Two Area Lakes Figured into My Early Years: Hungry Mother State Park and Cox's Lake

Submitted byadmin onSun, 01/27/2019 - 12:10

A Virginia legend states that when Native Americans destroyed several settlements on the New River, south of what became known as Hungry Mother Park, Molly Marley and her small child were among the survivors taken to the raiders' base north of the park. Upon finding help, the only words the child could utter were "Hungry Mother," indicating a strong craving for food.

A significant highlight of the late 1940's was for my family to embark on a short excursion to a local state park, Hungry Mother State Park, located in Smyth County is just above the Virginia line near Marion, Virginia.

The park, which gets its name from the Hungry Mother Creek that feeds the lake, is situated on a 108-acre lake with a manmade beach. What makes it so pretty is the gorgeous view of the mountains surrounding the lake.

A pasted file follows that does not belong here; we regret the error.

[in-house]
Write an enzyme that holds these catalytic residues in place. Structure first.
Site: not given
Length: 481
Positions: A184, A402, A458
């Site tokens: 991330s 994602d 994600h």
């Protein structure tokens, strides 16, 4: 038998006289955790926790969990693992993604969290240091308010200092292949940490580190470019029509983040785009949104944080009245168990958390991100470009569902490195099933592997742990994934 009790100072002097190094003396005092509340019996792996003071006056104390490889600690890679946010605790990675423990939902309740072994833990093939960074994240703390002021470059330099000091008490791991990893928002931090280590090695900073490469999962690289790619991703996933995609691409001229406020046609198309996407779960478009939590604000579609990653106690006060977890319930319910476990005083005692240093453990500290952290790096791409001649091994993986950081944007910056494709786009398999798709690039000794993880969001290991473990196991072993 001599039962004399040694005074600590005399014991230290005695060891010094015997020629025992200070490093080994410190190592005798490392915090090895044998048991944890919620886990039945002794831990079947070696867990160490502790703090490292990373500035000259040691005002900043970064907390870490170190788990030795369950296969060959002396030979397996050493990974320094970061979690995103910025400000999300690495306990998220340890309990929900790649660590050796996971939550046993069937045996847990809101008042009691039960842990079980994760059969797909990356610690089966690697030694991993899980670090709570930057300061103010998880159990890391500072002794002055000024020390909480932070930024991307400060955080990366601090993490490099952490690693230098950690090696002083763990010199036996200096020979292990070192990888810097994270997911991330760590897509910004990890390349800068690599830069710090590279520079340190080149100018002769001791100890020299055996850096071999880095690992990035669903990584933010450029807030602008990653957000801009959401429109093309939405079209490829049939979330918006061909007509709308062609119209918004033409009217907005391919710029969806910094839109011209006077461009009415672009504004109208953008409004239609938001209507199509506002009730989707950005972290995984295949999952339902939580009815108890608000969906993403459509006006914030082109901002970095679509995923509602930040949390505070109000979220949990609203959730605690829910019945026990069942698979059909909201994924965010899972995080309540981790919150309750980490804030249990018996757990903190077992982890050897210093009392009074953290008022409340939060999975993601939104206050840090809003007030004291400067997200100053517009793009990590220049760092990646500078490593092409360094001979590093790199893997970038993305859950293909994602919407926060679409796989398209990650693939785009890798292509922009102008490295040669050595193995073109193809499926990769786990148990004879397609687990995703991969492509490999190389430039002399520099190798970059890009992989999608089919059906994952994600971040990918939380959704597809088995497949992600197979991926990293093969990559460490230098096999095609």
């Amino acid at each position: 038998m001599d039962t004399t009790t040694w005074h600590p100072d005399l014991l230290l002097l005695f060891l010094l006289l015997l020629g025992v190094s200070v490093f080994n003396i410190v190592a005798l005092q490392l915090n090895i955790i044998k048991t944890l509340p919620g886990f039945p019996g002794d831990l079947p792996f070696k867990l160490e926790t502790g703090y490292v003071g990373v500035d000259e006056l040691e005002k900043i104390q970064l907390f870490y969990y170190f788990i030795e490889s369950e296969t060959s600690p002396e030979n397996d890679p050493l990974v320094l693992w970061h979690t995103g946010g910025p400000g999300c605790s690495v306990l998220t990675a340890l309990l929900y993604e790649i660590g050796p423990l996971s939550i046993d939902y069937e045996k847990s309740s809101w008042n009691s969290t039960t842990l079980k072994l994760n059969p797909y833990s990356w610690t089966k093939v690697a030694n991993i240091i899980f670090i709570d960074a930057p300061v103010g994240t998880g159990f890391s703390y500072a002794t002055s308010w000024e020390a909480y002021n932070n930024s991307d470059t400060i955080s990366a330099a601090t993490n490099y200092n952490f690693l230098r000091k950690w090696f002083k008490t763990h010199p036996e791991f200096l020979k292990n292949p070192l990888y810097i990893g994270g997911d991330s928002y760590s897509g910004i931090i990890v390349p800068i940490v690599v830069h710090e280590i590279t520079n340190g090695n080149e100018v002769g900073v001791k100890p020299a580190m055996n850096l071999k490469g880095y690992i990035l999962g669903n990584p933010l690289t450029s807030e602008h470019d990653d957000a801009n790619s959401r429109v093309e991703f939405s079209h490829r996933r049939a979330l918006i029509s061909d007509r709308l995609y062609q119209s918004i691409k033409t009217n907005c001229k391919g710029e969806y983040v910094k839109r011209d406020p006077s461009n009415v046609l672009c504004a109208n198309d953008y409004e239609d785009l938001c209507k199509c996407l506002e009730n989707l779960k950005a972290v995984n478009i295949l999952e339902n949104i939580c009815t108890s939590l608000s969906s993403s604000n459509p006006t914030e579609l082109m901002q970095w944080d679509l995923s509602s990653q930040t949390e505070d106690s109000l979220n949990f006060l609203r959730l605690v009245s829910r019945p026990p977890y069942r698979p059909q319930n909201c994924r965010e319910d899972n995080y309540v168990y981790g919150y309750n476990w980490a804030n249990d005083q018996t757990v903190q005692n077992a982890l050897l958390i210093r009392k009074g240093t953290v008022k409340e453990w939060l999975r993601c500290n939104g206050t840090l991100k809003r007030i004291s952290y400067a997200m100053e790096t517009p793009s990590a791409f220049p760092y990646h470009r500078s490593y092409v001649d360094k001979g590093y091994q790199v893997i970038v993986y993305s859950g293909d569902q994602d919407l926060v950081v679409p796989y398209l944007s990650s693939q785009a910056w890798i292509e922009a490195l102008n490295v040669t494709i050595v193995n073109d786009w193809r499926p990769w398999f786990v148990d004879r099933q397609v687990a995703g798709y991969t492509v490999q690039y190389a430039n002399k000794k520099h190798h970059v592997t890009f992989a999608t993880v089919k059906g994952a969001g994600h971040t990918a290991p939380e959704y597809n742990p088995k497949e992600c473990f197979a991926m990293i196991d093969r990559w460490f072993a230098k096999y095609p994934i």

History of the Establishment of Johnson City's Public Parks

Submitted byadmin onSun, 01/27/2019 - 12:10

Prior to the summer of 1944, public recreation in Johnson City consisted of a baseball park on Legion Street, the Surjoi Swimming Pool (later renamed Carver Park near the intersection of W. Watauga and W. Market streets) and Memorial Football Stadium, constructed by the federal Works Progress Administration (WPA) in the 1930s.

Touring East Tennessee Highlands in 1877 Brought about Numerous Surprises

Submitted byadmin onSun, 01/27/2019 - 12:10

Did you ever wonder what it was like to travel through East Tennessee around the late 1800s? Today’s column will afford you that opportunity based on a document written by someone known only as ODT, who traveled to the area in 1877. Overall, the trip details are glowing with only a hint of negativity.

A Summer 1888 "Donkey Party" Was Hosted by the Elite of Johnson City

Submitted byadmin onSun, 01/27/2019 - 12:10

On Thursday night, July 12, 1888, several couples of the elite of the city gathered at the residence of Mr. and Mrs. F.A. Stratton on Maple Street. This was in response to a personal invitation to attend an event given in honor of a Mrs. Scott, of Indianapolis, and Misses Mary and Mattie Wilder of Roan Mountain, TN.